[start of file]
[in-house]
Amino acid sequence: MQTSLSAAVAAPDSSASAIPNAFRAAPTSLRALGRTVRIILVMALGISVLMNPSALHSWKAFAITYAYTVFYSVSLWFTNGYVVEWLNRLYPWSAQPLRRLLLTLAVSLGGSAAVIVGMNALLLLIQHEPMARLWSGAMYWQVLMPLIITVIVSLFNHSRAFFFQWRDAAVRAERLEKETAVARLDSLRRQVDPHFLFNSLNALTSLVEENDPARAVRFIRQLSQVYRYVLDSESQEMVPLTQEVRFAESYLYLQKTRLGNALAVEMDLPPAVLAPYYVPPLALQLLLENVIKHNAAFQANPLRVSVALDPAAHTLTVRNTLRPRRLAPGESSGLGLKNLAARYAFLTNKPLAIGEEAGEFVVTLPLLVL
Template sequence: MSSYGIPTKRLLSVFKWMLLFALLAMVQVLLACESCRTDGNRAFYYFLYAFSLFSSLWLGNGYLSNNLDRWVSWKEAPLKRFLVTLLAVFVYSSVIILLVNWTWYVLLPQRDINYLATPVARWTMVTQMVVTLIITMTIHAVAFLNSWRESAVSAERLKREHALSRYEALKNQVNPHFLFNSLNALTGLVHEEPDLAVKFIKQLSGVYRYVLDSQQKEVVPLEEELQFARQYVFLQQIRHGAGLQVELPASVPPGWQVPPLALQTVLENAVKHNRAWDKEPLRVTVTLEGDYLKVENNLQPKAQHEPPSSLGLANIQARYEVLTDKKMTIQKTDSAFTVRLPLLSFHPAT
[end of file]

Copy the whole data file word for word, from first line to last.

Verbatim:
[in-house]
Amino acid sequence: MQTSLSAAVAAPDSSASAIPNAFRAAPTSLRALGRTVRIILVMALGISVLMNPSALHSWKAFAITYAYTVFYSVSLWFTNGYVVEWLNRLYPWSAQPLRRLLLTLAVSLGGSAAVIVGMNALLLLIQHEPMARLWSGAMYWQVLMPLIITVIVSLFNHSRAFFFQWRDAAVRAERLEKETAVARLDSLRRQVDPHFLFNSLNALTSLVEENDPARAVRFIRQLSQVYRYVLDSESQEMVPLTQEVRFAESYLYLQKTRLGNALAVEMDLPPAVLAPYYVPPLALQLLLENVIKHNAAFQANPLRVSVALDPAAHTLTVRNTLRPRRLAPGESSGLGLKNLAARYAFLTNKPLAIGEEAGEFVVTLPLLVL
Template sequence: MSSYGIPTKRLLSVFKWMLLFALLAMVQVLLACESCRTDGNRAFYYFLYAFSLFSSLWLGNGYLSNNLDRWVSWKEAPLKRFLVTLLAVFVYSSVIILLVNWTWYVLLPQRDINYLATPVARWTMVTQMVVTLIITMTIHAVAFLNSWRESAVSAERLKREHALSRYEALKNQVNPHFLFNSLNALTGLVHEEPDLAVKFIKQLSGVYRYVLDSQQKEVVPLEEELQFARQYVFLQQIRHGAGLQVELPASVPPGWQVPPLALQTVLENAVKHNRAWDKEPLRVTVTLEGDYLKVENNLQPKAQHEPPSSLGLANIQARYEVLTDKKMTIQKTDSAFTVRLPLLSFHPAT